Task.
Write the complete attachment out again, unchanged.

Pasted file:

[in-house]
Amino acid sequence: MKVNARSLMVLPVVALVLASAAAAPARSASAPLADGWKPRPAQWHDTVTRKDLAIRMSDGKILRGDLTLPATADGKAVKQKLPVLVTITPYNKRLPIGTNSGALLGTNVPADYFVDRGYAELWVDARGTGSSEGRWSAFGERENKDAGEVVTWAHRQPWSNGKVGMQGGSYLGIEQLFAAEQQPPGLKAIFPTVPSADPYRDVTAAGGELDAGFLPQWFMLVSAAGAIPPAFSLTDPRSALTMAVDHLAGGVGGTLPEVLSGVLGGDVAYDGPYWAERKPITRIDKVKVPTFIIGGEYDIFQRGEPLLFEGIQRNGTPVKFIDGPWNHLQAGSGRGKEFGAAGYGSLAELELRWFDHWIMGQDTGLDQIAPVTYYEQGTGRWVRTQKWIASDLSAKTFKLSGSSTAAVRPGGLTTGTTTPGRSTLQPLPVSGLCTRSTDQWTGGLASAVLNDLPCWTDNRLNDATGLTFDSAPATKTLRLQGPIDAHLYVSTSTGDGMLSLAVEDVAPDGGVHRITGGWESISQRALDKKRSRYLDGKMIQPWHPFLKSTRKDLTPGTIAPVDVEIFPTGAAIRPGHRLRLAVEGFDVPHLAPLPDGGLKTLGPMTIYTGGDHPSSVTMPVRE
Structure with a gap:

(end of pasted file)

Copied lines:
[in-house]
Amino acid sequence: MKVNARSLMVLPVVALVLASAAAAPARSASAPLADGWKPRPAQWHDTVTRKDLAIRMSDGKILRGDLTLPATADGKAVKQKLPVLVTITPYNKRLPIGTNSGALLGTNVPADYFVDRGYAELWVDARGTGSSEGRWSAFGERENKDAGEVVTWAHRQPWSNGKVGMQGGSYLGIEQLFAAEQQPPGLKAIFPTVPSADPYRDVTAAGGELDAGFLPQWFMLVSAAGAIPPAFSLTDPRSALTMAVDHLAGGVGGTLPEVLSGVLGGDVAYDGPYWAERKPITRIDKVKVPTFIIGGEYDIFQRGEPLLFEGIQRNGTPVKFIDGPWNHLQAGSGRGKEFGAAGYGSLAELELRWFDHWIMGQDTGLDQIAPVTYYEQGTGRWVRTQKWIASDLSAKTFKLSGSSTAAVRPGGLTTGTTTPGRSTLQPLPVSGLCTRSTDQWTGGLASAVLNDLPCWTDNRLNDATGLTFDSAPATKTLRLQGPIDAHLYVSTSTGDGMLSLAVEDVAPDGGVHRITGGWESISQRALDKKRSRYLDGKMIQPWHPFLKSTRKDLTPGTIAPVDVEIFPTGAAIRPGHRLRLAVEGFDVPHLAPLPDGGLKTLGPMTIYTGGDHPSSVTMPVRE
Structure with a gap: